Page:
If you're thinking of selling your house to make a little money before rising interest rates squeeze the real estate market, there's good news and bad news.
The good news is you're almost certainly making money because home prices in Canada have been rising for the past few decades, particularly in the greater Vancouver area, as shown in the chart below, which is from a BMO Capital Markets report published this week.
The bad news is: It's not as much money as you'd like.
We recently sold our income property, and I was aghast at some of the costs associated with closing. Here are some of the biggies to keep in mind, if you're going that route:
- Paying the agent. Your real estate agent and the buyer's agent share 3 per cent to 7 per cent of the selling price. That comes out of your pocket. You can haggle on the commission, though. You also have to pay sales taxes on the commission. If you decide to sell your house without an agent, you get to keep more money, but it does mean that you have to do the legwork yourself, while fending off persistent calls from agents who are waiting for you to throw in the towel.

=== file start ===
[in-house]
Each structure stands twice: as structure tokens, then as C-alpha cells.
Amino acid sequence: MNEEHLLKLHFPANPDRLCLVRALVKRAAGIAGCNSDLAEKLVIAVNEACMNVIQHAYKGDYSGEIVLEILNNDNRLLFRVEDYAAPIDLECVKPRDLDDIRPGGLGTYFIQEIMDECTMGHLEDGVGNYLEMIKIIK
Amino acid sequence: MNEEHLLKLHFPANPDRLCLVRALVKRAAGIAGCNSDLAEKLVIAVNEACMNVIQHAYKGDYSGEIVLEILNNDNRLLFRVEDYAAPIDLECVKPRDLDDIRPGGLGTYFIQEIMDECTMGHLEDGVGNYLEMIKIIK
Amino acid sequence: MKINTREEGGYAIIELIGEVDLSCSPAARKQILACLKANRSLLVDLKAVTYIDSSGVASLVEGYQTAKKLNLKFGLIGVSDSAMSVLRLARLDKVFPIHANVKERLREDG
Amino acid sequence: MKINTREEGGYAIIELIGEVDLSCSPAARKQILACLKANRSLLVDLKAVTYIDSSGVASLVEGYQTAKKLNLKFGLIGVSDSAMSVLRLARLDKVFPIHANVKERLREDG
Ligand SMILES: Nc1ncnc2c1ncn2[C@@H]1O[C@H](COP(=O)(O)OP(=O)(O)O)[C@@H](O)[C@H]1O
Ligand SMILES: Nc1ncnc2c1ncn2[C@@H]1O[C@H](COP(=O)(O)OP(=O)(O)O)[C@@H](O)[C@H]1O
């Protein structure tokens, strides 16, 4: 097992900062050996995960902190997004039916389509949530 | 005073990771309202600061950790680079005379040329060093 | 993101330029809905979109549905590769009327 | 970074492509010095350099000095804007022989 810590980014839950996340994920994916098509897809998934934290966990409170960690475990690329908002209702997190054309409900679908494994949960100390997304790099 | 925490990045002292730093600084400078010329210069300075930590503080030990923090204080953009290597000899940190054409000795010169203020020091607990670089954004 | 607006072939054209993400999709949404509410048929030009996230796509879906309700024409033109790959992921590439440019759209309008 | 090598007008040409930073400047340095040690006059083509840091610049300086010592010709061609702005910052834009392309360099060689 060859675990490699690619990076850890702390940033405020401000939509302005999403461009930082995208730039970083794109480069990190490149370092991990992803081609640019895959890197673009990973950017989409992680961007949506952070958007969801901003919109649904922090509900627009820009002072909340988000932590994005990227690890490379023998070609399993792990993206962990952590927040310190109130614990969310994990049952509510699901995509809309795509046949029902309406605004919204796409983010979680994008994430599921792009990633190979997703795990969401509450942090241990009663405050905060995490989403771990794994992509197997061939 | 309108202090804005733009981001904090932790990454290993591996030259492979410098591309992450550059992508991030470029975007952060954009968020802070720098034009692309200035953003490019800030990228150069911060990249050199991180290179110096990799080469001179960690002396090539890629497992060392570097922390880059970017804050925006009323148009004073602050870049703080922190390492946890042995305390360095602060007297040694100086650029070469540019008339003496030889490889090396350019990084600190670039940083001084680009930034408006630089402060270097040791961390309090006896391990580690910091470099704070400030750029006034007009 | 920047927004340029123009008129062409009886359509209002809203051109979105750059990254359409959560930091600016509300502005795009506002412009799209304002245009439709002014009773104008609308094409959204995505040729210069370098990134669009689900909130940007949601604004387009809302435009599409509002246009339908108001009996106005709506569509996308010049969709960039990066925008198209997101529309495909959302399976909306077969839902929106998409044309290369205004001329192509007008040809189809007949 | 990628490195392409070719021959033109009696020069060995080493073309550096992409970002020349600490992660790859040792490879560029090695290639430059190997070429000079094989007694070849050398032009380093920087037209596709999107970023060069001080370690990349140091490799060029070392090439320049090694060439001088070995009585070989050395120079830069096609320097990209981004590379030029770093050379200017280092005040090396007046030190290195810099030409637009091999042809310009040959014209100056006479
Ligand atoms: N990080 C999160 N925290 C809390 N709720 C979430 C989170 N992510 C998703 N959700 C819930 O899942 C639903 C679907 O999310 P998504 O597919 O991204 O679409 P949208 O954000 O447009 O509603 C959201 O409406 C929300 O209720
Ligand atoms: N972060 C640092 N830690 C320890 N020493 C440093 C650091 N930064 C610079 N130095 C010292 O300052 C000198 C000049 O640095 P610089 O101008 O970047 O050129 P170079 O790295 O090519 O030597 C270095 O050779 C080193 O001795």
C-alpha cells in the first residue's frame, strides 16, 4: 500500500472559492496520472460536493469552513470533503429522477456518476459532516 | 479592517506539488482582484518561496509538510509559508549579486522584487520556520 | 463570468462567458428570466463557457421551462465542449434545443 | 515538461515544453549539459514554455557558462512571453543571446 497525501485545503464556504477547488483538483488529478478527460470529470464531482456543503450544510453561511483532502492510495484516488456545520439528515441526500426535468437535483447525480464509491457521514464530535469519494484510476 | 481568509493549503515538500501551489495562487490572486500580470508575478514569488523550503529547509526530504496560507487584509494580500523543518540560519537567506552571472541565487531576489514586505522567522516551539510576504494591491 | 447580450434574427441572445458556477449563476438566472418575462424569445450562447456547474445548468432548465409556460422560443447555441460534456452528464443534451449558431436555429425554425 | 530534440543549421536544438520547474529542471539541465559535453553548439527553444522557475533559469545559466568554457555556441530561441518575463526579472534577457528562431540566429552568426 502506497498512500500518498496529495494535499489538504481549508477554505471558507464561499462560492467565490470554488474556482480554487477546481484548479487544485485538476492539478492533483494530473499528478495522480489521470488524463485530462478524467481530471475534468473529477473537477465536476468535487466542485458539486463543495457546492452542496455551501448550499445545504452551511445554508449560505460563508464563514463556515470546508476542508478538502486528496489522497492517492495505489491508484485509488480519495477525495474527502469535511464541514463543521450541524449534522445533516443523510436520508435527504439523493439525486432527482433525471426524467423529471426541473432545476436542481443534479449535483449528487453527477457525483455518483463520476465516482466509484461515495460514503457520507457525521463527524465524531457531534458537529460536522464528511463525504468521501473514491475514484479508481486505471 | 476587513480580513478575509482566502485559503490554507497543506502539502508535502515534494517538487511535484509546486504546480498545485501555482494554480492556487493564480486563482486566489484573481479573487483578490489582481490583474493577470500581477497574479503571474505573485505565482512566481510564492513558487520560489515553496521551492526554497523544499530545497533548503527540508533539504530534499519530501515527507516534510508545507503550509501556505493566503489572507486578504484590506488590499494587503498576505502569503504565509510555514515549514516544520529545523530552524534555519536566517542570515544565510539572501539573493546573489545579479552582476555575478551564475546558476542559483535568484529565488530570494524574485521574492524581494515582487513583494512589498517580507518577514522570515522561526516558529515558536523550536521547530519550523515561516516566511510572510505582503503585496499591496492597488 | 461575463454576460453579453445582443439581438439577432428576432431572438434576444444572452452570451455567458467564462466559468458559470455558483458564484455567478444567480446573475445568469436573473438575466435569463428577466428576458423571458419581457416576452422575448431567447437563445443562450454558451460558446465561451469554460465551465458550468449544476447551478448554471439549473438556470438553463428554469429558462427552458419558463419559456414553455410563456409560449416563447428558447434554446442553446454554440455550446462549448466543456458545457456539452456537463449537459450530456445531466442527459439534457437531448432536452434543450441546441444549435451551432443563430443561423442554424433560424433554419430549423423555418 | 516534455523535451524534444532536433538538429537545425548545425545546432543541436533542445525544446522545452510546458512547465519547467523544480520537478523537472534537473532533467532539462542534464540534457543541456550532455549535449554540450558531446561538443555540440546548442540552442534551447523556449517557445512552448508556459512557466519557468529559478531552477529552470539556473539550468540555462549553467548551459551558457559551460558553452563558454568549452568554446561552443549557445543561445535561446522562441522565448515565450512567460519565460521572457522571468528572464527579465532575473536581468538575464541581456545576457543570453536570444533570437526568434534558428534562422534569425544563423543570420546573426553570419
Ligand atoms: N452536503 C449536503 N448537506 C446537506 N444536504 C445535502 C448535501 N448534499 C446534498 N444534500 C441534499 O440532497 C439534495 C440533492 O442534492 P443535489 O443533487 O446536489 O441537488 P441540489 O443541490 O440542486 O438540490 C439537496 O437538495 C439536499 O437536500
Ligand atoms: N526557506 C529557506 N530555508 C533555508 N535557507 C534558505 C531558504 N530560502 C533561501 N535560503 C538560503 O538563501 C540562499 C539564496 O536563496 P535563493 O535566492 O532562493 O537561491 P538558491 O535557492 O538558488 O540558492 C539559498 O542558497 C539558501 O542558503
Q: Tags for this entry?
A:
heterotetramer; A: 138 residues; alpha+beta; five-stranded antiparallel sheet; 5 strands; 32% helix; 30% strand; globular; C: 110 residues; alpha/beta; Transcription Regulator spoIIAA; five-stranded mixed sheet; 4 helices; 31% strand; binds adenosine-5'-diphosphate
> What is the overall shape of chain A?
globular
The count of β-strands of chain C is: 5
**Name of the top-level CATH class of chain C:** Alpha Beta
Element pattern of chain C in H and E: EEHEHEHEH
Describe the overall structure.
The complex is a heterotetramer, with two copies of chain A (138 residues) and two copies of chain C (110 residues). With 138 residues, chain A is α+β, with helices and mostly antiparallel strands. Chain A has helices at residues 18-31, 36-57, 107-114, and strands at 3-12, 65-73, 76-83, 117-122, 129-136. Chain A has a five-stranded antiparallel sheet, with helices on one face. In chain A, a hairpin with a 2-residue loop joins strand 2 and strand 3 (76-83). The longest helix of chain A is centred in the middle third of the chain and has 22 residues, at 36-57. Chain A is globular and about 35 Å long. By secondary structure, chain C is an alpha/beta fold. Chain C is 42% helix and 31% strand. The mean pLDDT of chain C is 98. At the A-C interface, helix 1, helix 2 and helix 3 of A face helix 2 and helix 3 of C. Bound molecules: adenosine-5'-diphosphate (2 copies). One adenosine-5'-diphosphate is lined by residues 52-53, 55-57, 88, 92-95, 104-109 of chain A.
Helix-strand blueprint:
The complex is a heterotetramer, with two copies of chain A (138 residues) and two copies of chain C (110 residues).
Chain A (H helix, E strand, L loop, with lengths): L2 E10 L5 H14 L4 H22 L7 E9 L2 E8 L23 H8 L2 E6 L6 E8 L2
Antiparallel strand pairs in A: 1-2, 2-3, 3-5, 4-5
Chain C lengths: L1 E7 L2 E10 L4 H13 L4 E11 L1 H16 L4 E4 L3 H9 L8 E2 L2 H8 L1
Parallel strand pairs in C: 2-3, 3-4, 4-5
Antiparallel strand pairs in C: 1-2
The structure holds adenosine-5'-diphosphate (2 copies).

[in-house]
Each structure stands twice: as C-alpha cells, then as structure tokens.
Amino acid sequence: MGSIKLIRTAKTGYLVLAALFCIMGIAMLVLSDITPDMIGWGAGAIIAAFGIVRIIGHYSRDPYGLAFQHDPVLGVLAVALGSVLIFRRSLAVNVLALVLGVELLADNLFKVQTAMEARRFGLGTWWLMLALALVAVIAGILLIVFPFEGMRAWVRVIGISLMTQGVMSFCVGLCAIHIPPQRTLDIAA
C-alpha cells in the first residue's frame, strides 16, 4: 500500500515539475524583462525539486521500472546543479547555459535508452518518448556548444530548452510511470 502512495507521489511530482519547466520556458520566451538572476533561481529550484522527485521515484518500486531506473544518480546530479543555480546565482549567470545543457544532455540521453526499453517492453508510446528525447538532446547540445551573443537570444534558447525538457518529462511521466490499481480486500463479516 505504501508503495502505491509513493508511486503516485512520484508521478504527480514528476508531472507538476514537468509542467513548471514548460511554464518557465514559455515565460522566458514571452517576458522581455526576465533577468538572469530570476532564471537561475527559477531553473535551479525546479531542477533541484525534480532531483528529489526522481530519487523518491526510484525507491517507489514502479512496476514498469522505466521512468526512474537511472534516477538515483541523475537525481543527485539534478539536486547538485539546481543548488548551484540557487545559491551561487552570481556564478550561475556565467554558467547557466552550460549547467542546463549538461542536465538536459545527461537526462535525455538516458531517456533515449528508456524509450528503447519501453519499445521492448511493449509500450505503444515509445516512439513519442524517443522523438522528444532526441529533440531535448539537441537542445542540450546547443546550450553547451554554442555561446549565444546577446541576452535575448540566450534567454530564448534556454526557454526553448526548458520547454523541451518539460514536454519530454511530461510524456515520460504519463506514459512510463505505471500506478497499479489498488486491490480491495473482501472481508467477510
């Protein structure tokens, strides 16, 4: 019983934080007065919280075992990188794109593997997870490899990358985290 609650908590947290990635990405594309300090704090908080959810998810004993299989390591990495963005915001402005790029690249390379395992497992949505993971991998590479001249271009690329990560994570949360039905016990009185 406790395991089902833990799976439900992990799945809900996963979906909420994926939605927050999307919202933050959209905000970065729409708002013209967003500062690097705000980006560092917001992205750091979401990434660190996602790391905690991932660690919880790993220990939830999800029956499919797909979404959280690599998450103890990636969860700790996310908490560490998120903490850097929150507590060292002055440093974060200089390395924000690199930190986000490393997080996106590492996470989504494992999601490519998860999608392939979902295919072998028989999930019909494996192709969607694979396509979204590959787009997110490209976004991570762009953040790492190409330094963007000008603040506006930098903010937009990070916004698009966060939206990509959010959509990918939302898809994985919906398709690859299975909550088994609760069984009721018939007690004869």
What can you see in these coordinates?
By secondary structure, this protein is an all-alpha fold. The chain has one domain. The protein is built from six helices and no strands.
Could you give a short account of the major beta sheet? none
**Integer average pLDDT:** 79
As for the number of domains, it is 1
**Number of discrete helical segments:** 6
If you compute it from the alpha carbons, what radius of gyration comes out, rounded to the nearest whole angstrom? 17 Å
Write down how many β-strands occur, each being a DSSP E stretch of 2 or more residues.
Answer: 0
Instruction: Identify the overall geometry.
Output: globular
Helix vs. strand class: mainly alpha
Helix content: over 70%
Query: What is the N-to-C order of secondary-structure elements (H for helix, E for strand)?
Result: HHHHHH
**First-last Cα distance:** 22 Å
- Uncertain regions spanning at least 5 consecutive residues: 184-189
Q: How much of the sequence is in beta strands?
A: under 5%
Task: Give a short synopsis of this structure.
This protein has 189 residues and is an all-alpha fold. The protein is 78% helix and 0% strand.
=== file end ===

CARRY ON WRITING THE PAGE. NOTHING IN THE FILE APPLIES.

- Paying the lawyer. You're looking at at least $500 in legal fees. There is also the cost of disbursements, such as registration fees and related expenses, which can add up to a few hundred more. And you pay sales taxes on the total, which varies depending on which part of Canada you live in.
- Paying the bank. Unless your house is fully paid off, you will have to pay a fee of as much as $270 to discharge your mortgage. (Major banks' discharge fees are listed here.) If you have a closed mortgage, your bank may also ding you for prepayment charges -- equalling several months' worth of mortgage payments, depending on the number of years outstanding and the interest rate. If you are buying another property, you may be able to transfer your mortgage.
- Paying utilities and property taxes. You have to pay your share until the deal closes. For example, if it closes in the middle of the month, you have to pay for the first half.
- Paying the government. If it's your primary residence, you're in luck and don't have to pay capital gains tax. If it's an income property, however, you have to pay tax at your marginal income tax rate on half the gains.
Here's a handy-dandy checklist that you can use.